Fighting Gender-based Violence Through Survivor Support
By Jessie Taylor
Khethiwe Sibanyoni spent her lockdown during the Covid-19 pandemic assisting the victims of gender-based violence by providing them with a small token of comfort. Today, she has launched a foundation that works to combat gender-based violence and provide support to victims of it.
Giving comfort to gender-based violence survivors
Khethiwe started by putting together comfort bags to offer hope to survivors of gender-based violence. Today, she has developed Khethi’s Foundation which works to reduce femicide and gender-based violence through collaboration, raising awareness, and supporting and empowering survivors. She assists women who are in danger or are experiencing gender-based violence to connect with shelters and the police to allow them to access safety and social services, saying her work is “moving a victim from a place of pain to a home of healing”.
The foundation focusses on detection, prevention, and correction, and is developing an Educare programme that will empower survivors with knowledge, practical skills, and training for economic independence. “After thorough research, we realised that gender-based violence numbers are fuelled by high dependency on male counterparts, especially for financial security. This programme, therefore, aims to provide these survivors with knowledge, practical skills and training so they have realistic income generating options”. This will allow more women to become economically independent and reduce their vulnerability to gender-based violence. Research showed that during the lockdown, calls for help from women experiencing gender-based violence increased dramatically. At the time, the government gender-based violence and femicide command centre alone recorded more than 120 000 victims in the first three weeks of lockdown.
She started the Comfort Bag Movement to provide survivors with essential items and a sense of dignity when they arrived at shelters. “Many times these survivors would arrive with minimal or no items at all. The bags are meant to offer feelings of support and dignity and further grant economic relief to these gender-based violence shelters and victims,” – Khetihwe. The bags contain among other things, a face cloth, soap, body lotion, hairbrush, sanitary towels, toothbrush, underwear, a notebook and a pen and each one costs around R300 to make. Initially Khethiwe used her social media accounts to make a call for donations, as well as receiving sponsorship from family and friends, but soon the project was supported by the Epic Foundation. which helped her identify areas where there was a great need for comfort bags.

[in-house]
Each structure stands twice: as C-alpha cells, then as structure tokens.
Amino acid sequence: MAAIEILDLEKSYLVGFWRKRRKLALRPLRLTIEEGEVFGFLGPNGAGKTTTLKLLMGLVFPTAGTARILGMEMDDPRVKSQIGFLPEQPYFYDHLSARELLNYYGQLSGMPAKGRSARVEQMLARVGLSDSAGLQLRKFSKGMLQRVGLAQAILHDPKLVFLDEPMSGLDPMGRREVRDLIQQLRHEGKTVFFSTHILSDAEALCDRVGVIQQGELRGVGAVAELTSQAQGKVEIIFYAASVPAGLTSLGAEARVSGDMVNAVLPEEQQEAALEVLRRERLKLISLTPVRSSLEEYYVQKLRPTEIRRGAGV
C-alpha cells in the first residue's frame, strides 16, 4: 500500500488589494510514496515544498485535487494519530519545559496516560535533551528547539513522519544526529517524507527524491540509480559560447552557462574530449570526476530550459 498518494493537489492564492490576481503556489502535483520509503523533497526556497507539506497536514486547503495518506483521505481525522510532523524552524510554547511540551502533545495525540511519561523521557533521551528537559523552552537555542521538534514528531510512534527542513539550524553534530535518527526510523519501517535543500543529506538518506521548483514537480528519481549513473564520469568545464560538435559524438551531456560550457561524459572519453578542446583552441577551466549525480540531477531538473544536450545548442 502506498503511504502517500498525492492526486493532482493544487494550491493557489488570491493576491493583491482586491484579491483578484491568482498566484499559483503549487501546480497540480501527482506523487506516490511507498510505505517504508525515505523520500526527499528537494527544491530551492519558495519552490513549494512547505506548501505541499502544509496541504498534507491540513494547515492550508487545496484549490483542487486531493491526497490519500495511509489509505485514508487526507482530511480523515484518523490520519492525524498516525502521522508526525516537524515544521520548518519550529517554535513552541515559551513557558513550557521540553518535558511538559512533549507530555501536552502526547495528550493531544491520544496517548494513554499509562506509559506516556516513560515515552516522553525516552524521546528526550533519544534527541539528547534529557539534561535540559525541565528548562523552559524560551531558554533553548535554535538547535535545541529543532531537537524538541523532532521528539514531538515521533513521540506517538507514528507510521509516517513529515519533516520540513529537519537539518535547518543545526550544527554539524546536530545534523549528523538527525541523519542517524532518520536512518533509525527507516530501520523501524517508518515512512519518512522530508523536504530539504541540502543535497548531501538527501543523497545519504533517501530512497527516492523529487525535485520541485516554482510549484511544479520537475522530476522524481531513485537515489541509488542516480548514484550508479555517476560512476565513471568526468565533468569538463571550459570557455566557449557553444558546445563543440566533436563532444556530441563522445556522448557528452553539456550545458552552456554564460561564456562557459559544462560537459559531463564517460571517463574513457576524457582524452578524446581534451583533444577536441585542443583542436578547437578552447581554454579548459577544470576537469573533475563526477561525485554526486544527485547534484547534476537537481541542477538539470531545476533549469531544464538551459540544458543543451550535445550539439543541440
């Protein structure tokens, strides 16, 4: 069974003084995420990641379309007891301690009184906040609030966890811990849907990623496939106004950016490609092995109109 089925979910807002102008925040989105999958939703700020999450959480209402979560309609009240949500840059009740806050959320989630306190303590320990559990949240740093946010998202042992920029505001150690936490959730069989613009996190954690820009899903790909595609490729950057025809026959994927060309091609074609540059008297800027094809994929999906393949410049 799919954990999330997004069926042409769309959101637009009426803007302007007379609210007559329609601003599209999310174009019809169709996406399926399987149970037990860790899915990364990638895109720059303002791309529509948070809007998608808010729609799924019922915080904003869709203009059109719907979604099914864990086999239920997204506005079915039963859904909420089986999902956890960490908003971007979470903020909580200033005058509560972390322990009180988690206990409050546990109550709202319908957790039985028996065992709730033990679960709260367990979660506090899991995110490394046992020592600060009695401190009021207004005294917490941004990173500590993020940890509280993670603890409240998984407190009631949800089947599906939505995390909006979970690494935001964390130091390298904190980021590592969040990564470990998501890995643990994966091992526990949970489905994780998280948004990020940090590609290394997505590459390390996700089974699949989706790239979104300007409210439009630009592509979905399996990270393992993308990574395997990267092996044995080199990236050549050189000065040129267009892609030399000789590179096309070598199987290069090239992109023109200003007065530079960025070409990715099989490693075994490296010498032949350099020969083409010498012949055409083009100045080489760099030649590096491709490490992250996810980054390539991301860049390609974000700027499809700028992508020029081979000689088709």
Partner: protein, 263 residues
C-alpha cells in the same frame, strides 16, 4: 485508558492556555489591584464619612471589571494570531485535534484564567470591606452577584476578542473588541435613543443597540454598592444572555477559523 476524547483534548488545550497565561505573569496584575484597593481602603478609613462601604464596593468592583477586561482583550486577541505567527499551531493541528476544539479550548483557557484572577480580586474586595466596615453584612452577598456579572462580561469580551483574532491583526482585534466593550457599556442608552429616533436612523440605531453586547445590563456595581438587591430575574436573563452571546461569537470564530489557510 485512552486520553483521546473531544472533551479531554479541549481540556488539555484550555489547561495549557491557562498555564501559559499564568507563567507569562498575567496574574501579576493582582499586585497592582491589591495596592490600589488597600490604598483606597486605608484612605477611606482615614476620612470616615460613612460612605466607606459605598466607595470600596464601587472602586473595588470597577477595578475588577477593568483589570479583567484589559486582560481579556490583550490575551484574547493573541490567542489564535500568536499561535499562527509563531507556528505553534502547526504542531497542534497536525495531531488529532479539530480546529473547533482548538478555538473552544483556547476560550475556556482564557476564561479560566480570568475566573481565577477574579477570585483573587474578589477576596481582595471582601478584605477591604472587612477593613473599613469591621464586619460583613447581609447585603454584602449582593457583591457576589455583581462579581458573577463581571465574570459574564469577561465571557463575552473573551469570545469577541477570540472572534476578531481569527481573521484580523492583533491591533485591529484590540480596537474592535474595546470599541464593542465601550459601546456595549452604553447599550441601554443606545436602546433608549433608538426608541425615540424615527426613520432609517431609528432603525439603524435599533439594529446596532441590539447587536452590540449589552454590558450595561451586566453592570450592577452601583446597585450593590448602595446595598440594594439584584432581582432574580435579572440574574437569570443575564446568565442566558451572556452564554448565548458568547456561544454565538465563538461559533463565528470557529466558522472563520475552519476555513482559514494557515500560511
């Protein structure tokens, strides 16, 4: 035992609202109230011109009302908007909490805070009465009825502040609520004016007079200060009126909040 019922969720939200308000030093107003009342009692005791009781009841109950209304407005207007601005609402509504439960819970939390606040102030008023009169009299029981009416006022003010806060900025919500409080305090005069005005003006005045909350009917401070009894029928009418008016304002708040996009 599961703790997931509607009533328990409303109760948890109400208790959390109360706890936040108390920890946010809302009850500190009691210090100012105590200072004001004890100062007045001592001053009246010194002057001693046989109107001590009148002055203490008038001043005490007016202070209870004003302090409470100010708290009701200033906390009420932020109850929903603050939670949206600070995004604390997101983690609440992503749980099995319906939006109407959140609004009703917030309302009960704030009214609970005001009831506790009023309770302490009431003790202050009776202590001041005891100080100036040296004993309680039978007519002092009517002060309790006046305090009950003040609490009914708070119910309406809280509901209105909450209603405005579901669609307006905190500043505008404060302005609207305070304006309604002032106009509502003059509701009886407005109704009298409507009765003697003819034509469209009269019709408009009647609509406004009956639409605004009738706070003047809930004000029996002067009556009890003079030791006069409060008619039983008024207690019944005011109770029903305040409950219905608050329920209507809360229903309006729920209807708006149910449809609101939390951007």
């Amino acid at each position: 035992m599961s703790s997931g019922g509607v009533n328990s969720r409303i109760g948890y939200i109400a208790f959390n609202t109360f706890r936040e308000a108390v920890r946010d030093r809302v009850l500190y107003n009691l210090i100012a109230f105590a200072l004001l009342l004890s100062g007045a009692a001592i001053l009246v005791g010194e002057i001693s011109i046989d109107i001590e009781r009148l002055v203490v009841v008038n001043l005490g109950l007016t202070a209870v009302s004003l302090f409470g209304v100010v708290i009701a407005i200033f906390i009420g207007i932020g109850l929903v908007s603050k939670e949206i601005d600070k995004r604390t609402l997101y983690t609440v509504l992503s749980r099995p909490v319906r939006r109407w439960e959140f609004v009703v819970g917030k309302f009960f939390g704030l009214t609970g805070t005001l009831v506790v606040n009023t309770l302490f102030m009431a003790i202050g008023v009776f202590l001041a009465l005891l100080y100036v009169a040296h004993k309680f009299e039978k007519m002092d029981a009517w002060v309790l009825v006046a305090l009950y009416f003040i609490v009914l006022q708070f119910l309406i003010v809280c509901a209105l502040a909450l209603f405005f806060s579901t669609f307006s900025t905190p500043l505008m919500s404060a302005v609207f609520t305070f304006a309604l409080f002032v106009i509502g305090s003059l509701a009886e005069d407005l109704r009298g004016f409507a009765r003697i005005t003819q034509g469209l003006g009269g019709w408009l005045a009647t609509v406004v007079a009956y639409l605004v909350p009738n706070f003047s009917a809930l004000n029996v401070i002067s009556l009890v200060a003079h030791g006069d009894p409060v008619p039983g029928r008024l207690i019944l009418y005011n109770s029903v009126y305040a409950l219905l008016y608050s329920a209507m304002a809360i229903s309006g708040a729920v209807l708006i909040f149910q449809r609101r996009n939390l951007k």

Fighting the ‘second pandemic’
At the time, President Ramaphosa dubbed gender-based violence as the “second pandemic” South Africa was facing. To address the scourge of gender-based violence, he established the National Strategic Plan on Gender-Based Violence and Femicide on 30 April 2020. The Plan shows a high-level political commitment to acting decisively against gender-based violence and feeds into President Ramaphosa’s Emergency Response Action Plan developed in partnership with civil society, activists, and researchers. The National Strategic Plan, which had around R21billion allocated towards it, aims to eradicate gender-based violence by 2030. The 23 year old activist from Germiston said she said she expanded her work of providing comfort to women who had experienced gender-based violence after she realised there was a need for a more systematic approach to address the growing issue.
Gender-based violence in South Africa
The World Health Organisation estimates that 12.1 in every 100 000 women are victims of femicide in South Africa each year. This number is five times the global average.
South African women are vulnerable to high levels of intimate partner violence and sexual violence. This is evidenced in statistics that between 25% and 40% of South African women have experienced sexual or physical intimate partner violence in their lifetime.
The most recent quarterly crime statistics revealed that in the first three months of 2023, 1 0512 women were raped, 1 485 attempted murders of women were reported, and 969 women were killed.
Source: The Citizen | Wits Vuvuzela | Briefly | LinkedIn | SAPS | World Health Organisation